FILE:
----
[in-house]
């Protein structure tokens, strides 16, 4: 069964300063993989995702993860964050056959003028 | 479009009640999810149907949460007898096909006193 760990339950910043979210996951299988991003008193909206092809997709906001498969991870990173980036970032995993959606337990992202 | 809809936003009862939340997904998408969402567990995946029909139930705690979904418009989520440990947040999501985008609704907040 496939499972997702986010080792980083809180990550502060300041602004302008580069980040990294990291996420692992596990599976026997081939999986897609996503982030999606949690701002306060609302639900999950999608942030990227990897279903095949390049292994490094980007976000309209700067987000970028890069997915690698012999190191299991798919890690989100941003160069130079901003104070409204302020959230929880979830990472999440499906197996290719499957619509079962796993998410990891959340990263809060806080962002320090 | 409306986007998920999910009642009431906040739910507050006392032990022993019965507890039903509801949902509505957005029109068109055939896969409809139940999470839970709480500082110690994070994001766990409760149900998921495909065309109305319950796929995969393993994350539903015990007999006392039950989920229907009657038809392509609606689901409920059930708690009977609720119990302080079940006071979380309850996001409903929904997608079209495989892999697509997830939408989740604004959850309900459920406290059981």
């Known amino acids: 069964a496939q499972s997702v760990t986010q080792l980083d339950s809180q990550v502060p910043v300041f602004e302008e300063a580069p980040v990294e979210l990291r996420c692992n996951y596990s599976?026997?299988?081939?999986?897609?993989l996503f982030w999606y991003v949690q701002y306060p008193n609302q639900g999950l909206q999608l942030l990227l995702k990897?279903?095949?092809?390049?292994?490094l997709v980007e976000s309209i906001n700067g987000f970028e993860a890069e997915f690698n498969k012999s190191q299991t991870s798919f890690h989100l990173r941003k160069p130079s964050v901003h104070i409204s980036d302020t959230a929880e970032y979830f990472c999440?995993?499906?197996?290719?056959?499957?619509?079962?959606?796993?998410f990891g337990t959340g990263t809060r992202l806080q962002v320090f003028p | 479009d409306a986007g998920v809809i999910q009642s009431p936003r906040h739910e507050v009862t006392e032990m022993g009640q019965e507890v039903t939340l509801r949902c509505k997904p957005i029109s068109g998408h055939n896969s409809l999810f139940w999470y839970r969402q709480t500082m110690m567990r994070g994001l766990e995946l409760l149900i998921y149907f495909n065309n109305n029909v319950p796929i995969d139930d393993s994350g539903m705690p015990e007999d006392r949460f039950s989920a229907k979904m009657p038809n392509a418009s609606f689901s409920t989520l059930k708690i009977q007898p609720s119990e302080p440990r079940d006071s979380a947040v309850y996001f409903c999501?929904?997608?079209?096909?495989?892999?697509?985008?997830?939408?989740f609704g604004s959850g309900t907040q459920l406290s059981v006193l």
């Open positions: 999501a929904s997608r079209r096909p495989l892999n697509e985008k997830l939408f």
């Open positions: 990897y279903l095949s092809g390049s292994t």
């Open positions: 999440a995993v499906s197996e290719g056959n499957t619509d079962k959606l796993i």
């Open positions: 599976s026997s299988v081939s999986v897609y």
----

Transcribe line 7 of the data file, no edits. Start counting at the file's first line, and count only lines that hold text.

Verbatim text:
């Open positions: 599976s026997s299988v081939s999986v897609y």